Before the onset of WW1, there was a great scramble for colonies in Africa, resulting in various diplomatic issues between European actors. With the age of imperialism in full swing, most European powers were greatly interested in spreading and imposing their culture and values onto Africa's inhabitants.
A specific crisis, known as the First Moroccan Crisis, involving Morocco, France, and Germany, stands out. In this case, Kaiser Wilhelm of Germany declared support for Morocco to maintain their independence amidst France and Britain's attempts to colonize the territory. His declaration also served to dispute the balance of European powers at this time, which was dominated by the Entente Cordiale, France, and Britain.
By declaring support for Moroccan independence, the Kaiser also advocated for equal trade opportunity for Germany in Morocco. Although unintended, this action strengthened the relationship between France and Britain, united by distaste in Germany.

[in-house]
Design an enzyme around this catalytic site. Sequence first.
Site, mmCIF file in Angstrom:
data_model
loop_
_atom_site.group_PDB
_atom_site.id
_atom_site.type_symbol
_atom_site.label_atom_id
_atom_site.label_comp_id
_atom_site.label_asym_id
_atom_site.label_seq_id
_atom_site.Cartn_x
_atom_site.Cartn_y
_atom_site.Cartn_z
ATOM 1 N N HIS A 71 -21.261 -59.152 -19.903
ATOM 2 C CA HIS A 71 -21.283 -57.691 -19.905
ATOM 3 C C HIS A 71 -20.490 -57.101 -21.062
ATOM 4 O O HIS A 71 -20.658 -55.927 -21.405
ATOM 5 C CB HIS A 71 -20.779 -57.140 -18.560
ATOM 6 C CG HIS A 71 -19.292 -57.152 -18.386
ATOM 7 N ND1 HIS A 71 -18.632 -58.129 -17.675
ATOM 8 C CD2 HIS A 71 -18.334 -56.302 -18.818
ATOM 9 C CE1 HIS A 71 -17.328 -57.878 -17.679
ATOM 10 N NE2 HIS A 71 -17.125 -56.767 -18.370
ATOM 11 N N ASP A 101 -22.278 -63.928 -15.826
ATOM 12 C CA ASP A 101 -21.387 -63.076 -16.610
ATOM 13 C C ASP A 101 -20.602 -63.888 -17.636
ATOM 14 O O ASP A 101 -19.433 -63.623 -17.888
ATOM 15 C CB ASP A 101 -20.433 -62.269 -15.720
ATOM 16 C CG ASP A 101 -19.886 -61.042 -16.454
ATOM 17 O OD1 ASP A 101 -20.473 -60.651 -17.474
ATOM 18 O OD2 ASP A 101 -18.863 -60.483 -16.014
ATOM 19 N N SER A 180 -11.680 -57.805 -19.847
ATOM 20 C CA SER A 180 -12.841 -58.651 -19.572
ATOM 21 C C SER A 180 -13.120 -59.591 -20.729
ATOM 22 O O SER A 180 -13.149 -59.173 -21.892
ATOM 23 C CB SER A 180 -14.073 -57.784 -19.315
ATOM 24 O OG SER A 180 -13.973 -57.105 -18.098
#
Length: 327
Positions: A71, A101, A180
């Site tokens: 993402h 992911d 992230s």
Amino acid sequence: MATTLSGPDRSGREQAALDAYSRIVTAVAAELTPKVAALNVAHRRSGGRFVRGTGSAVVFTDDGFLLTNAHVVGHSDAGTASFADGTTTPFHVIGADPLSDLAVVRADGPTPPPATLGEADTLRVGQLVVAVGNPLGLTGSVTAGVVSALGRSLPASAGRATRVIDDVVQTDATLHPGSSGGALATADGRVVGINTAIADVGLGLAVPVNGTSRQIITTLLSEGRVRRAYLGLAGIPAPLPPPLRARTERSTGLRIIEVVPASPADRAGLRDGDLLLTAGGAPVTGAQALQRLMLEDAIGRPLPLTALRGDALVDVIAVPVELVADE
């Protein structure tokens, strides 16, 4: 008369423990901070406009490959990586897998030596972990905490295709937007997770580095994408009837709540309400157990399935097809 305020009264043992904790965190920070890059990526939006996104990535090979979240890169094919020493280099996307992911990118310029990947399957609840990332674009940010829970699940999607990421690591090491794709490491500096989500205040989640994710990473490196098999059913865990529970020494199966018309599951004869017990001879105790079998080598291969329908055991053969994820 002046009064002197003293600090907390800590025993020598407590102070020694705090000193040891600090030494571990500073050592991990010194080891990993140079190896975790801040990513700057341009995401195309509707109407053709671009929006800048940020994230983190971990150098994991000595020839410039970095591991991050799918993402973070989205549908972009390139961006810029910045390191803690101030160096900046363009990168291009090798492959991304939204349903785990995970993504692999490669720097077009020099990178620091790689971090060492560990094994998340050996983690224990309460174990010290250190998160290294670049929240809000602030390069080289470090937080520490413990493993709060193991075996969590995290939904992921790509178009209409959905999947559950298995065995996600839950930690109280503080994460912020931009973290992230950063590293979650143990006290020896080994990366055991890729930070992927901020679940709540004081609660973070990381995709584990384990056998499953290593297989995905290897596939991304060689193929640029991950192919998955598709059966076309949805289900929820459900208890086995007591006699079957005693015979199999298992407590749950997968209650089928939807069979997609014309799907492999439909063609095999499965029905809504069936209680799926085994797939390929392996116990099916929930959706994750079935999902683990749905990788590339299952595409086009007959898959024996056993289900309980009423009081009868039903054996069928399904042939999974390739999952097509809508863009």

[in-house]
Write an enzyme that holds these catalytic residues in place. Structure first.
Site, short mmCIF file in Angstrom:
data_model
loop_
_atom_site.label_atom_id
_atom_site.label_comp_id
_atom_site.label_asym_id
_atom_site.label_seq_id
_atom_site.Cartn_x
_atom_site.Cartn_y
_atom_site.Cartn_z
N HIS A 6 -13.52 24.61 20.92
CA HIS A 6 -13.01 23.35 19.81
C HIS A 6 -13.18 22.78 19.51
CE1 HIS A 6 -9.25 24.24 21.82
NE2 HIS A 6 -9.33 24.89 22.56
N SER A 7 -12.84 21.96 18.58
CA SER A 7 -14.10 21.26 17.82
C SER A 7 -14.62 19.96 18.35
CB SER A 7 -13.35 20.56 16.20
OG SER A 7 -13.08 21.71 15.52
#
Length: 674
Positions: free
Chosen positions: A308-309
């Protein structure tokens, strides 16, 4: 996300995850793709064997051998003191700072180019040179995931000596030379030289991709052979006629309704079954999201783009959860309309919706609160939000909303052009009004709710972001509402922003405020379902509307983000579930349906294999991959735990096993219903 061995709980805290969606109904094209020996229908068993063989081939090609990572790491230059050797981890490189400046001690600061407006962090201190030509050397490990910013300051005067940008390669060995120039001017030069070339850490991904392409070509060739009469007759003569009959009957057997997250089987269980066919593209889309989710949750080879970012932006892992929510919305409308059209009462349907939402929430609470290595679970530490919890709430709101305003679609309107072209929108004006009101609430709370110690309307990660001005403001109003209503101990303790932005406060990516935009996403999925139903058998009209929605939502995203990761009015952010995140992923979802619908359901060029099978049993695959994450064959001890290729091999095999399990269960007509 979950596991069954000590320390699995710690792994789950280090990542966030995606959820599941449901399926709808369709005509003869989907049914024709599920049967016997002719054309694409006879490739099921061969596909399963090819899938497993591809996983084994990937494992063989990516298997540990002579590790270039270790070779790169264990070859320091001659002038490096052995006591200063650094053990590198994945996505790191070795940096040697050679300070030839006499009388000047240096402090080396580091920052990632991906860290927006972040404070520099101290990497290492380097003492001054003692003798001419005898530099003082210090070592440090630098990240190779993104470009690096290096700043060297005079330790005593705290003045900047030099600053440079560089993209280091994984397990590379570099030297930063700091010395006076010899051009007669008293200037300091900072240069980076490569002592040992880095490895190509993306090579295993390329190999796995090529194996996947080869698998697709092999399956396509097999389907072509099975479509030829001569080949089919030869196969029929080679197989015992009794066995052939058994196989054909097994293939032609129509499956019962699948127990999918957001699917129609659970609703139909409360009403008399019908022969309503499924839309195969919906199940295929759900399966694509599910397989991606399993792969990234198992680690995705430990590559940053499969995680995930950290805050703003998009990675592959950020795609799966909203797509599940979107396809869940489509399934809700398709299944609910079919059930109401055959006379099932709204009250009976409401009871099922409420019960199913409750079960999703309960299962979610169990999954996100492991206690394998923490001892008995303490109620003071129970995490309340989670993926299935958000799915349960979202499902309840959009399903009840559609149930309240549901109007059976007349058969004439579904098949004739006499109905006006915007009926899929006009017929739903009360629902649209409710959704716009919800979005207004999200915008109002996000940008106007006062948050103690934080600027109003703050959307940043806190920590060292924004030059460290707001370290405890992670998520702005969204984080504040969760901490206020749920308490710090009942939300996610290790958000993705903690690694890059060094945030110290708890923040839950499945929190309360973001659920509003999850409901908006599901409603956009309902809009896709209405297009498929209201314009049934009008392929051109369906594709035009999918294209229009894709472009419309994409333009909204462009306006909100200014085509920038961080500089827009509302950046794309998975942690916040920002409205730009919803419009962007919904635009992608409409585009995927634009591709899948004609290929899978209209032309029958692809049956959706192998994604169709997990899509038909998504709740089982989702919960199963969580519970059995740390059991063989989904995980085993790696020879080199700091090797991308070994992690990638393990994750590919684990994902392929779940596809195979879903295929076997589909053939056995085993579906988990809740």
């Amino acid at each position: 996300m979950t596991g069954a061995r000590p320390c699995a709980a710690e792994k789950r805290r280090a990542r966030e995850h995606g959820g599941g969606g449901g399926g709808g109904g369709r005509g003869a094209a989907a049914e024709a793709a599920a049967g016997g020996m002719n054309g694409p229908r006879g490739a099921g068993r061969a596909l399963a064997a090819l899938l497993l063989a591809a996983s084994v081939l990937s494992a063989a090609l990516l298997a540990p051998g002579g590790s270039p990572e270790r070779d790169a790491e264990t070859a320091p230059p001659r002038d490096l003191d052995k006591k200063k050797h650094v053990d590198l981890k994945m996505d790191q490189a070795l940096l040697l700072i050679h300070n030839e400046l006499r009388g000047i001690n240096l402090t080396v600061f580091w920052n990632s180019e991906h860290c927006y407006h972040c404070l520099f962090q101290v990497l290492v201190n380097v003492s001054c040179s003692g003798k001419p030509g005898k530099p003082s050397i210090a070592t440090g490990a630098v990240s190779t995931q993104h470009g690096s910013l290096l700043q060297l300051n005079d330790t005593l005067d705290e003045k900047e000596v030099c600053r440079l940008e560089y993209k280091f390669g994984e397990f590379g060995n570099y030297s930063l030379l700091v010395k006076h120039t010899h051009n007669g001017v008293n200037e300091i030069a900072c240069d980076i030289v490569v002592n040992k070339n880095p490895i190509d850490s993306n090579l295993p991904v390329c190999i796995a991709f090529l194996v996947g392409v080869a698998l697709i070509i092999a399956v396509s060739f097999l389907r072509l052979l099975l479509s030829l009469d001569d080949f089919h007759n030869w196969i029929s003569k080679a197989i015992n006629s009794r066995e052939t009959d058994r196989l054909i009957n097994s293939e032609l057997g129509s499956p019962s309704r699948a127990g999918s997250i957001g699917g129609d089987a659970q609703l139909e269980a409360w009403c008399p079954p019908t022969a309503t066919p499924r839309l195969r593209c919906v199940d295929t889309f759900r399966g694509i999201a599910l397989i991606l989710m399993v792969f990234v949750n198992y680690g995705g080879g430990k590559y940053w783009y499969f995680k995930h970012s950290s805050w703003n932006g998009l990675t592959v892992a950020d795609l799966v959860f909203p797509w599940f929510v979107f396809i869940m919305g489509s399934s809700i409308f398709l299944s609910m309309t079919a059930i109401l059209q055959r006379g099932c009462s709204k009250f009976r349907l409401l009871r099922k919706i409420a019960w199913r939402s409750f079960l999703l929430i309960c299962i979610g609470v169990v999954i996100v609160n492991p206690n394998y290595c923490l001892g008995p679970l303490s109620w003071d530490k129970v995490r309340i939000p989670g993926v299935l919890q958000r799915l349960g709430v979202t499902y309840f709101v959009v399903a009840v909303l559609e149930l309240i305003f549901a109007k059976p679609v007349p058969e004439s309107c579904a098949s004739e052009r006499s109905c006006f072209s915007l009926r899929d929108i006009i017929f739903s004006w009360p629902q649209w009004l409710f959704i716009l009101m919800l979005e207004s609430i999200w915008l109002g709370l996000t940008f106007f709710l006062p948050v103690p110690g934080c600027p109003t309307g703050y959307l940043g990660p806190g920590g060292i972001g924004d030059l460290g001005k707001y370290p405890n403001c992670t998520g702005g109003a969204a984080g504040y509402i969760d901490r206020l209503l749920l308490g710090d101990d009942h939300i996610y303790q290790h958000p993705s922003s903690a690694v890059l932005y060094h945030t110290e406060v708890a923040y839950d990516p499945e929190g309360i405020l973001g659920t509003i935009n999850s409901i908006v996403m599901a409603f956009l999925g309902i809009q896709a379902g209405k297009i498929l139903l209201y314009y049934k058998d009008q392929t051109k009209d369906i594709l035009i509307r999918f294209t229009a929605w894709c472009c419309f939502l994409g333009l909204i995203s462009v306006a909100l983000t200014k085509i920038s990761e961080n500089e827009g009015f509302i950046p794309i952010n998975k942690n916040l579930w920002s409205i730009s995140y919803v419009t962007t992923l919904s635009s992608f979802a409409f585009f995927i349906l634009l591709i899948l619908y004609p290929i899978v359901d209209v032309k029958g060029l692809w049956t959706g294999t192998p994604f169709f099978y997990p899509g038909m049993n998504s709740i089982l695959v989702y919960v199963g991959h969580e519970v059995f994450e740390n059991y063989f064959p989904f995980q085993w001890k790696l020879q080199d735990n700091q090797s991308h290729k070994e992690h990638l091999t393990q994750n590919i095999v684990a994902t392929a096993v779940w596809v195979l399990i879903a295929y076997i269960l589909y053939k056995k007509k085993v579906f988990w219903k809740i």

A second Moroccan crisis arose in 1911 when a German gunboat, the Panther, was dispatched to the territory.
This led to a series of negotiations and dialogues between the powers to discuss both the Morocco crisis and compensation to Germany for events occurring in the Congo, another African colony. These conflicts, risen from the imperialistic foreign policy employed at the time by many major powers, resulted in increased tensions, formations of allyships, and ultimately caused World War 1.